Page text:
CROWN POINT | It may be the last roundup for two horses a south Lake County family have long enjoyed on their 7.4-acre homestead.
The Lake County Council refused Tuesday to grant a variance in the county's zoning code permitting Steve DeHaan to turn his home, four miles west of Lowell, into a hobby farm where he could keep the steeds that have been in the family for five years.
It may result in the horses having to be boarded at an off-site stable.
The vote climaxed a debate on the clashing interests between the DeHaan's desire to enjoy a more rural, equine lifestyle and those of his neighbors who object to the sight and smells of a 26-foot-high barn the DeHaans would like to build.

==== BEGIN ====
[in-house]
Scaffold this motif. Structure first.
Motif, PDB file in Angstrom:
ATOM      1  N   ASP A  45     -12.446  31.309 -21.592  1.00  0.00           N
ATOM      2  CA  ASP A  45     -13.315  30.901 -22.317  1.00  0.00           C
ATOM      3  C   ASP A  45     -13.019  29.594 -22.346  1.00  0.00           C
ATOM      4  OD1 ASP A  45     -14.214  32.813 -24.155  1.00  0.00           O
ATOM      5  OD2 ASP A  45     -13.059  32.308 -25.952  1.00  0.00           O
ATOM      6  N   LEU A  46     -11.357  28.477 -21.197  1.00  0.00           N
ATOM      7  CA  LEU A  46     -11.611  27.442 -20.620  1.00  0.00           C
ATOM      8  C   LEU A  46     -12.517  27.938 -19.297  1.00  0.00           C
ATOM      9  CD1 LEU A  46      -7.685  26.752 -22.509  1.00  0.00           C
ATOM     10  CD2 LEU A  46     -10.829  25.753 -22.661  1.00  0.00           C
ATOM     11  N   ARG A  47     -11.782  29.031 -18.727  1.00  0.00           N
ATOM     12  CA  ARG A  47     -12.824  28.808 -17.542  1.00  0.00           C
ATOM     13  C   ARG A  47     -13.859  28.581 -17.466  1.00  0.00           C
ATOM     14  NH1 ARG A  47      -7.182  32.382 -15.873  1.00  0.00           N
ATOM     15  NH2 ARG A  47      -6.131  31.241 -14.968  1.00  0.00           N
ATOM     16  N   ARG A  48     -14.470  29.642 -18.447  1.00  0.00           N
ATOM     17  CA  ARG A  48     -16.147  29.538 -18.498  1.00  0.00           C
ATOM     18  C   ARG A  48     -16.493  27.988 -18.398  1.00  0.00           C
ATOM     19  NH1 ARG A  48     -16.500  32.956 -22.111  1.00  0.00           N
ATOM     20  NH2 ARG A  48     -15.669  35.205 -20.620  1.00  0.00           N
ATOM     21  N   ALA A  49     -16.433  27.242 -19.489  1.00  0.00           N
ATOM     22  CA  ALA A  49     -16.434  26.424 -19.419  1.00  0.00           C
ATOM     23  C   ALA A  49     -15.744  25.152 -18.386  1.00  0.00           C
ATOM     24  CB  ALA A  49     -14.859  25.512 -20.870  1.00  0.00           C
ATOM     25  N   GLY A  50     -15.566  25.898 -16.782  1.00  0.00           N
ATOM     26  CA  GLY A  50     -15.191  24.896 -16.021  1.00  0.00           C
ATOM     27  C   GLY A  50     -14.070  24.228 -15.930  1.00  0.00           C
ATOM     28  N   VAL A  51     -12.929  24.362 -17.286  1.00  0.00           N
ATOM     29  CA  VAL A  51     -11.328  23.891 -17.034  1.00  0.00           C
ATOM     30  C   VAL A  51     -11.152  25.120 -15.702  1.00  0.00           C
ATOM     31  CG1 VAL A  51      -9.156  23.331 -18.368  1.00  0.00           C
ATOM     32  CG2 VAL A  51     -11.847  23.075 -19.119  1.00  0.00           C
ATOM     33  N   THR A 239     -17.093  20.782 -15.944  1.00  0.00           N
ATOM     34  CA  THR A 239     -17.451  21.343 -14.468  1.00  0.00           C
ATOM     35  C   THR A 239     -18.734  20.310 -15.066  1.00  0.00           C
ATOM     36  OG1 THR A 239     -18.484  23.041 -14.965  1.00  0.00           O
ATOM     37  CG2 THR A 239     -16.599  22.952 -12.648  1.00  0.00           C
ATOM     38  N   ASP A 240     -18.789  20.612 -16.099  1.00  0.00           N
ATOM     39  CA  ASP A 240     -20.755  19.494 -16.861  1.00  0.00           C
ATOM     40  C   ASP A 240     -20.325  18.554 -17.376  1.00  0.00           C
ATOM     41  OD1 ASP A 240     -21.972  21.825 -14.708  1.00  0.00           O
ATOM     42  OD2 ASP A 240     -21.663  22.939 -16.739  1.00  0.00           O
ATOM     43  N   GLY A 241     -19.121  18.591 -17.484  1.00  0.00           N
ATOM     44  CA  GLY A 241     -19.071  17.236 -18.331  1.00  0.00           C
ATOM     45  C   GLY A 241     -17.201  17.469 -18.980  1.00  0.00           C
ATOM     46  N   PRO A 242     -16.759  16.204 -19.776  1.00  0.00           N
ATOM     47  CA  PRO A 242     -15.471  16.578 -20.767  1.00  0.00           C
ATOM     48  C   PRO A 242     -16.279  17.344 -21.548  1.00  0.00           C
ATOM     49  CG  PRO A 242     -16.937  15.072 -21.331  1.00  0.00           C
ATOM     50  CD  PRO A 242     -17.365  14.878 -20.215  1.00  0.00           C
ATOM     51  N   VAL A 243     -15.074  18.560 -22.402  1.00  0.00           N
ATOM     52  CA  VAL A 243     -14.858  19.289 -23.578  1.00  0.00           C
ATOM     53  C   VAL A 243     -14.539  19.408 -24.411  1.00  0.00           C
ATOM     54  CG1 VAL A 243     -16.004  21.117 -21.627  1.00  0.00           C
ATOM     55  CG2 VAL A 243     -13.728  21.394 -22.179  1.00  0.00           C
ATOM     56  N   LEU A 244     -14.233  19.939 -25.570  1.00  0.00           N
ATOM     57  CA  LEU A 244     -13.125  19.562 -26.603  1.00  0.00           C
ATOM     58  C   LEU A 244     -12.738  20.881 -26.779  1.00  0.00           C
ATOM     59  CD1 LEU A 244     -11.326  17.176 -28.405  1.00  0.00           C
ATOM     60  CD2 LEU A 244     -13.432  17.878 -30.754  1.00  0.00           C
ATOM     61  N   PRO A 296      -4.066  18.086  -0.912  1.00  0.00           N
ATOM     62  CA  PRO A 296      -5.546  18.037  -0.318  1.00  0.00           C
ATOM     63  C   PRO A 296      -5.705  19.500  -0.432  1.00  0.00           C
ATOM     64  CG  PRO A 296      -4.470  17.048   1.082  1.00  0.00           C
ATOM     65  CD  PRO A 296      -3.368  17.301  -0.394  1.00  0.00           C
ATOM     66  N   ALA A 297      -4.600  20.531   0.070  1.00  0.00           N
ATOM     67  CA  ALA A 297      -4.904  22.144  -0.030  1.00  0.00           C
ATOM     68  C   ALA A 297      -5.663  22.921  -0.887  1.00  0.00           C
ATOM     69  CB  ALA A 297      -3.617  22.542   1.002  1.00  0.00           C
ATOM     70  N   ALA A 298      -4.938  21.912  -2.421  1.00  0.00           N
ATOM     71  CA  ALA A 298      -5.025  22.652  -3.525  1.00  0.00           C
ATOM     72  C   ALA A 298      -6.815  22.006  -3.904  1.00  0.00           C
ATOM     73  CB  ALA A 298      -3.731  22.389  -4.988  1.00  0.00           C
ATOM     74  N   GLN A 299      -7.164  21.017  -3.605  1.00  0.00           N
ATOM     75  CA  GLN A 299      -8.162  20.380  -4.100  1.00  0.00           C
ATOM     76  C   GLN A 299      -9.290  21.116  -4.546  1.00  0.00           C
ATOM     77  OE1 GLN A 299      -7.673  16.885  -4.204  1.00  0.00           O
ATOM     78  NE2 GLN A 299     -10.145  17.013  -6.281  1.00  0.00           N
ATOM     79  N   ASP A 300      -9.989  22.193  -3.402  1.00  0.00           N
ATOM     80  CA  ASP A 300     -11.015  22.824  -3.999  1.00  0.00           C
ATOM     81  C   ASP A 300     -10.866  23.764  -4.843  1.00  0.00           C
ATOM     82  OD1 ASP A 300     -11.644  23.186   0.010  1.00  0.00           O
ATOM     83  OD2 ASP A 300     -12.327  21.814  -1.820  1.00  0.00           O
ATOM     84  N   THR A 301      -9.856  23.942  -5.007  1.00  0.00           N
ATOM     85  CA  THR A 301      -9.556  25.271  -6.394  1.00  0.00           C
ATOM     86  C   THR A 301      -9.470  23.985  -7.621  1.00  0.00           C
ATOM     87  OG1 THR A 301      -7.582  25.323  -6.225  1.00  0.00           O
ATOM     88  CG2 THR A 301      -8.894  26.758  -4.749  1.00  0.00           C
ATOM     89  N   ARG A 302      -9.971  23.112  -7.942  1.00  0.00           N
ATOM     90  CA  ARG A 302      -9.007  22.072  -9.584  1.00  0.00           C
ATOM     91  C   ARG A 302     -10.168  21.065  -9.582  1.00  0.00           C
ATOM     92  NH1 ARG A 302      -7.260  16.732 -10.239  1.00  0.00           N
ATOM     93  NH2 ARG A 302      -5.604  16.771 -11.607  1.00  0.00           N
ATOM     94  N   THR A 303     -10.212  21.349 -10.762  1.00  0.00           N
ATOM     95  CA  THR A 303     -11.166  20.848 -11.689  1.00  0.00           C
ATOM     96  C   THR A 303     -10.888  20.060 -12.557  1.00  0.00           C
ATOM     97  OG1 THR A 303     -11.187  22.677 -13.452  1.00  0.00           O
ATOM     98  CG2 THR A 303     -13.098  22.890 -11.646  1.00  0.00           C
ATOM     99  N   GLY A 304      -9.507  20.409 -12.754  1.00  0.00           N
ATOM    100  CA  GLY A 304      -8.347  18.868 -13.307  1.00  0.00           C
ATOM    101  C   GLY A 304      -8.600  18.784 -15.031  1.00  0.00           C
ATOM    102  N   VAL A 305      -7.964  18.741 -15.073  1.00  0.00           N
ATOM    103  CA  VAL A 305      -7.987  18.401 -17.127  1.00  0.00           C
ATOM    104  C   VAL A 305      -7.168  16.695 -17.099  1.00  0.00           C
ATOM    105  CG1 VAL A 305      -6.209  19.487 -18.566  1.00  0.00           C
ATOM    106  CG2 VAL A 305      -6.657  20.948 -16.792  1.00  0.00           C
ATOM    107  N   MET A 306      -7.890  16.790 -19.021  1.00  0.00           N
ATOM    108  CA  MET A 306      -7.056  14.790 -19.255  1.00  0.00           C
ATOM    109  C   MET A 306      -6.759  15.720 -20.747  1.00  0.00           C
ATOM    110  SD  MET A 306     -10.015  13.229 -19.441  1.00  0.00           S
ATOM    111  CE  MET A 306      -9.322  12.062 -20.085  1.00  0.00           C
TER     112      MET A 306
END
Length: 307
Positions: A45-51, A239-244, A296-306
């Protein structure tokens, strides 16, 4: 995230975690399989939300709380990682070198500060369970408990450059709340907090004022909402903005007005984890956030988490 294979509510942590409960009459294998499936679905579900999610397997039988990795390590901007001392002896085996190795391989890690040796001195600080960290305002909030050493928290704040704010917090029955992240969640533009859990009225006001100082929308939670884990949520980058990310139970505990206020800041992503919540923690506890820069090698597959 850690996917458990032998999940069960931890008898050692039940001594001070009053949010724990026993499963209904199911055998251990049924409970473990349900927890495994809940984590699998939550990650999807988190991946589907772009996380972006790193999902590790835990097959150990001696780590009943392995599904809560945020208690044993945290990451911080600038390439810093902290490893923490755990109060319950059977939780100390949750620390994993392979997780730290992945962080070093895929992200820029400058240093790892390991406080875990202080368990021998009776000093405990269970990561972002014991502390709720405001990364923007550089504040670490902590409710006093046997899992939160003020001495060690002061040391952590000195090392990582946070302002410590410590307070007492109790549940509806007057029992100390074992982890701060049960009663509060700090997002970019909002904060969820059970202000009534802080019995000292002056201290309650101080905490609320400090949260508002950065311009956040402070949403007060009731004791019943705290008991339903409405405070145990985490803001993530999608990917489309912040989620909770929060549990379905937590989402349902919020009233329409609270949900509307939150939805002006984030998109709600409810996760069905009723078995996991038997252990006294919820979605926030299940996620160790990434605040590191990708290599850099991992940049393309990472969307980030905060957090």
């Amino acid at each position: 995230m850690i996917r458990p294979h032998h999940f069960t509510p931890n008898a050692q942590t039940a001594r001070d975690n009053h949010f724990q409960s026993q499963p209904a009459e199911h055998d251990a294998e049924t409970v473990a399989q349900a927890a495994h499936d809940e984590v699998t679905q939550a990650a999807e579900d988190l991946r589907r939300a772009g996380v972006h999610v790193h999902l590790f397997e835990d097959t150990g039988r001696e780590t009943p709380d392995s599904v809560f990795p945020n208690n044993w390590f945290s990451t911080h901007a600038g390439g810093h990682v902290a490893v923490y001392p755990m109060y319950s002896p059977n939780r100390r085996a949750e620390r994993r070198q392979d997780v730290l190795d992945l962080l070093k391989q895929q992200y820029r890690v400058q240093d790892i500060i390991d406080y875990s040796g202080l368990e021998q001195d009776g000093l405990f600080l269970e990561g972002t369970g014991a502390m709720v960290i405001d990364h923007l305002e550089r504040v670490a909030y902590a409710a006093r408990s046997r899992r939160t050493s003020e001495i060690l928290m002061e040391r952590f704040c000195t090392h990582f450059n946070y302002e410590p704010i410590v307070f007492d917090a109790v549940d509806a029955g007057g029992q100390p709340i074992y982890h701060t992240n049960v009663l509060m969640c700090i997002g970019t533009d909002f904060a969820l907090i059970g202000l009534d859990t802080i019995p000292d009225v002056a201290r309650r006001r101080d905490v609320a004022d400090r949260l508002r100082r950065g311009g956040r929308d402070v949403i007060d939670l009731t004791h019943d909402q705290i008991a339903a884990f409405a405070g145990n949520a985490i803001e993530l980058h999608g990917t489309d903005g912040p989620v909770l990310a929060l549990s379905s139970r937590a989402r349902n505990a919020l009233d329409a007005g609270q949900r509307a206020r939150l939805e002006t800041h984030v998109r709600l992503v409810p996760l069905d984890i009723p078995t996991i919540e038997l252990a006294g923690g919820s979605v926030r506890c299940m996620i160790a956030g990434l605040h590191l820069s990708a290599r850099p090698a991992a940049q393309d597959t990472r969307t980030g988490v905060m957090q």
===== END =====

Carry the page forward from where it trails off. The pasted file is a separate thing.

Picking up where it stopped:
Although much of the area around the DeHaan home is farm field and woods, it is within a the 10-acre Whitetail Acres subdivision. A subdivision covenant and the county's zoning code restrict hobby farm animals in such small subdivisions.
Jim Biggs, a neighbor who said his family has lived there a long time, complained.
"The (restrictions) were in place when he moved in," Biggs said. "If he gets this, what is next? Farm animals are a slippery slope."
Tim Henke, a representative of the DeHaan family, said the family, which has been living there for more than a decade, doesn't want any other farm animals, only the two horses they already have.
Councilwoman Elsie Franklin, D-Gary, said she was reluctantly casting a vote against the DeHaan horses.
"Sudivisions are taking over farm land and pushing the farms out," Franklin said.